Overarching policy environment for the PGRFA management continuum
The benefits of value addition to PGRFA, that is improved crop varieties that meet the needs of the growers, can be derived sustainably, especially for the most at-risk food insecure countries in the developing world, only with the comprehensive strengthening of, and forging of linkages between, the three components of the PGRFA value chain: (1) conservation; (2) plant breeding; and (3) the delivery of high quality seeds and planting materials to growers. This is the ‘PGRFA continuum’ , the seamless dovetailing of the three components, as distinct from targeting the strengthening of any of the three in isolation. Based on the cohesion in this value chain - that characterizes the activities of private sector commercial breeding companies and the PGRFA management of some emerging countries such as Brazil, China, and India  - it is logical to conclude that the real value of crop germplasm lies in its use in plant breeding. Pragmatically also, the efforts invested in breeding come to naught if there is no effective delivery system for the seeds and planting materials underscoring therefore the need to interlock all three components.
The successful implementation of the Second GPA  also envisages the adoption of this continuum approach. The 18 priority activities (Box 1) of the GPA provide a most practical template for countries for concerted interventions at the three components of the PGRFA value chain. These PAs are subdivided into four main themes: in-situ conservation and management; ex-situ conservation; sustainable use; and building sustainable institutional and human capacities.
The sustainable use of PGRFA encompasses activities relating to direct utilization of PGRFA by farmers and to their uses in crop improvement. The International Treaty, especially in its Article 6, equally requires of contracting parties not only to conserve their genetic resources but to use them (for value addition) and to deliver the improved varieties efficiently. FAO  opined that ‘any weakness in this continuum truncates the value chain and effectively scuttles all the efforts to grow the most suitable crop varieties’. It is in this vein that FAO and partners are working with developing countries to articulate National PGRFA Strategies for institutionalizing the continuum approach to managing PGRFA . The strategy identifies priority crops and relevant stakeholders; prescribes time-bound action plans across the continuum and enunciates governance mechanisms and means for monitoring implementation. Nurturing policy environments, especially those that enable countries adopt the continuum approach to the management of PGRFA, are critically important for reaping the most sustainable benefits from PGRFA, namely, the improved crop varieties. FAO’s normative activities provide support for the implementations of the International Treaty and the Second GPA and for developing the necessary policies, and legislations as means for attaining this goal.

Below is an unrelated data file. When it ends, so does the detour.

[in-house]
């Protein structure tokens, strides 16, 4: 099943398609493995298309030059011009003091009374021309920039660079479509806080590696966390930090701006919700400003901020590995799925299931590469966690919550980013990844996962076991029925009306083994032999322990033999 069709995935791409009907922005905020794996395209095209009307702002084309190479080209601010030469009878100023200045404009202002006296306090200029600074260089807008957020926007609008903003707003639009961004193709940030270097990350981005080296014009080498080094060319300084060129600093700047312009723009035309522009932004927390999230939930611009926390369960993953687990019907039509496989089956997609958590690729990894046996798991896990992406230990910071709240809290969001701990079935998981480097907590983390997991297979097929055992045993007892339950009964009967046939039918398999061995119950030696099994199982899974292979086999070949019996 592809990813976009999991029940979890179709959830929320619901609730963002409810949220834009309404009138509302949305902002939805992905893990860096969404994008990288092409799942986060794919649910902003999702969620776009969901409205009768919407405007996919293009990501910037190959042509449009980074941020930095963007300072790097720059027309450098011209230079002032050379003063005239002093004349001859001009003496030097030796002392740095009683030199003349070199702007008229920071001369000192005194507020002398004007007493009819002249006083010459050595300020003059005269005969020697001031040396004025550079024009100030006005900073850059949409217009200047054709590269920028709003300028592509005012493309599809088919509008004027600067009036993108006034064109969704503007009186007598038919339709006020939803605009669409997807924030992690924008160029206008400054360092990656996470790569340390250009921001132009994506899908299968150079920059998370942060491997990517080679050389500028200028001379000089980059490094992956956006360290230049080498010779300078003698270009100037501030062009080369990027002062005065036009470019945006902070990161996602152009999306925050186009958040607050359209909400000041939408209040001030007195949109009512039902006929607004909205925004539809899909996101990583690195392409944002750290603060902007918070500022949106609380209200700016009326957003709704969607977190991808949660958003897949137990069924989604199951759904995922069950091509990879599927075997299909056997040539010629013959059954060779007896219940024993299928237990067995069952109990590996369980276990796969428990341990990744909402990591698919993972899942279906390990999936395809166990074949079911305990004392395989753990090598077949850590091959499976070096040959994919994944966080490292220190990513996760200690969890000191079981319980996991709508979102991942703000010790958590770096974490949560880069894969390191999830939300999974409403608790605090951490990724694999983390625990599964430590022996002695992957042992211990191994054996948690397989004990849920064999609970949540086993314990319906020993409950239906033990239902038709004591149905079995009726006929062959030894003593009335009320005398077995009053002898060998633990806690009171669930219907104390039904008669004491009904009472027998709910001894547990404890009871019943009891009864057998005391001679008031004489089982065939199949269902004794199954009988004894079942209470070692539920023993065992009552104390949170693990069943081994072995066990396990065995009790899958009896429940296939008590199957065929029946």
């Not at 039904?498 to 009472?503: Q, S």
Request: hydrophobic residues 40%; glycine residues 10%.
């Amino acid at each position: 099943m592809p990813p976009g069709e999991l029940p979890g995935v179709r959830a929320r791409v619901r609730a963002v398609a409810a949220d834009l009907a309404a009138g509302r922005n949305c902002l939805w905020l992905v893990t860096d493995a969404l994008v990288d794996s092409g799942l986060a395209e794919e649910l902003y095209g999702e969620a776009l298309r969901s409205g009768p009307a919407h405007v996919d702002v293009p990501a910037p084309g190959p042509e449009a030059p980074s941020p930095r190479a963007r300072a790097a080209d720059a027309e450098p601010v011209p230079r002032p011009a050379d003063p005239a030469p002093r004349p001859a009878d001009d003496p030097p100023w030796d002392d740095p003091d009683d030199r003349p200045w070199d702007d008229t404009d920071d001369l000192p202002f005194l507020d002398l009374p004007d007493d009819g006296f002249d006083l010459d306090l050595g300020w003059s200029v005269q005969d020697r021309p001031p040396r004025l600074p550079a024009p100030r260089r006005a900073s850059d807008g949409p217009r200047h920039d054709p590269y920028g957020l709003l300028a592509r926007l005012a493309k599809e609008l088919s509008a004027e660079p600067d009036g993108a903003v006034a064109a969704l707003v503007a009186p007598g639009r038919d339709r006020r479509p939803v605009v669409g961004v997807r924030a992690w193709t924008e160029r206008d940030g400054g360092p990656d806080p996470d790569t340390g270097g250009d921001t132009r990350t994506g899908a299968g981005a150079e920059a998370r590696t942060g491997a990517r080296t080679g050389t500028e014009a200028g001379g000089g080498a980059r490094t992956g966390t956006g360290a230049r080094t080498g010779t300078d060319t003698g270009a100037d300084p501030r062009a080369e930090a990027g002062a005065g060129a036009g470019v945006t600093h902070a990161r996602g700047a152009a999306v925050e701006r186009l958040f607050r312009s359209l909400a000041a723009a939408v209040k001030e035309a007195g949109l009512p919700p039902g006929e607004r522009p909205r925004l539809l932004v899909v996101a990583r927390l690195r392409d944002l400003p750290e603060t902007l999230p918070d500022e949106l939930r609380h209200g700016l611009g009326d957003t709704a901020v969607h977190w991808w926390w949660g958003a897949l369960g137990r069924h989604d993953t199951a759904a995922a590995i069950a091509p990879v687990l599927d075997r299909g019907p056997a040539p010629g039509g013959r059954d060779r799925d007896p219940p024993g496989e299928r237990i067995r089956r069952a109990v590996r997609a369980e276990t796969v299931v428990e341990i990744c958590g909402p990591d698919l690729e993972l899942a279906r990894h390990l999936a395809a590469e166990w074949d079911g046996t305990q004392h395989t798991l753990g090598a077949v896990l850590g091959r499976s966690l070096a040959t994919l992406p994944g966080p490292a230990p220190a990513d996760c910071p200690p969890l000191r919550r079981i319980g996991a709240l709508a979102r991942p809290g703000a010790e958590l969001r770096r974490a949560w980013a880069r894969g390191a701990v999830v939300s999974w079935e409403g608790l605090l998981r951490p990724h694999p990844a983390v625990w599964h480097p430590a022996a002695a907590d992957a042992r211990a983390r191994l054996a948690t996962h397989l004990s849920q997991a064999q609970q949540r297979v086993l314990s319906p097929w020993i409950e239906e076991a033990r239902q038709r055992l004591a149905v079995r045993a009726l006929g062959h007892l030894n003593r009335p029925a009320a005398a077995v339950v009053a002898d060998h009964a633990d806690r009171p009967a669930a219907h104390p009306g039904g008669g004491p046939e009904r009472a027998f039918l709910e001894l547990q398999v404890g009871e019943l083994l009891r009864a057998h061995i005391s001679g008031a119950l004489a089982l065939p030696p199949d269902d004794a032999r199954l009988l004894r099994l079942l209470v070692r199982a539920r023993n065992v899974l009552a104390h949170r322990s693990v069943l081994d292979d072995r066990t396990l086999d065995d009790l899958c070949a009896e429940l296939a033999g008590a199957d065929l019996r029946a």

The reorientation of crop improvement in order to be responsive to the drivers of food insecurity, especially in developing and emerging economies, will require a wider range of partnerships beyond the traditional National Agricultural Research and Extension Systems (NARES). FAO  reported the prevailing trend whereby the private sector (multinational and local commercial plant breeding and seed companies) is increasingly developing and deploying elite crop varieties especially in instances where markets, favorable policy regimes, and legal frameworks that spur investments are in place. In tandem, public investment in crop breeding programs is contracting implying therefore that the breeding and dissemination of elite varieties of crops that fall outside of the business remit of the private sector could, as is increasingly the case, be neglected to the detriment of food security. Equally important is the role of non-governmental organizations and myriad civil society actors in the provision of agricultural extension services in developing countries. These bourgeoning dynamics must influence the articulation of policies and the building of collaborations and wide-ranging partnerships. For such partnerships to succeed, local knowledge must be integrated just as relevant private and public sector entities including the NARES, centers of the CGIAR, and regional R&D networks are assembled. The safeguarding of intellectual property rights, including plant variety protection, and the respect of patents are means for attracting private sector investments. Public-private partnerships, for example the ongoing joint activities between Syngenta and public African NARES [122, 123], are particularly important for technology transfer, a critical vehicle for increasing the access of developing countries to novel biotechnologies that impact on crop improvement, for instance. On the other hand, public sector investments in food security must be ensured as the private sector, especially in developing countries, do not cater for all crops that are important for food security. Partnerships must also be cross-sectoral, for instance between ministries responsible for the environment, science and technology, commerce, education, and the ministry of agriculture. This ensures access to the full spectrum of PGRFA that may be needed for value addition while also ensuring a means for delivering the planting materials efficiently to the growers in gainful manners.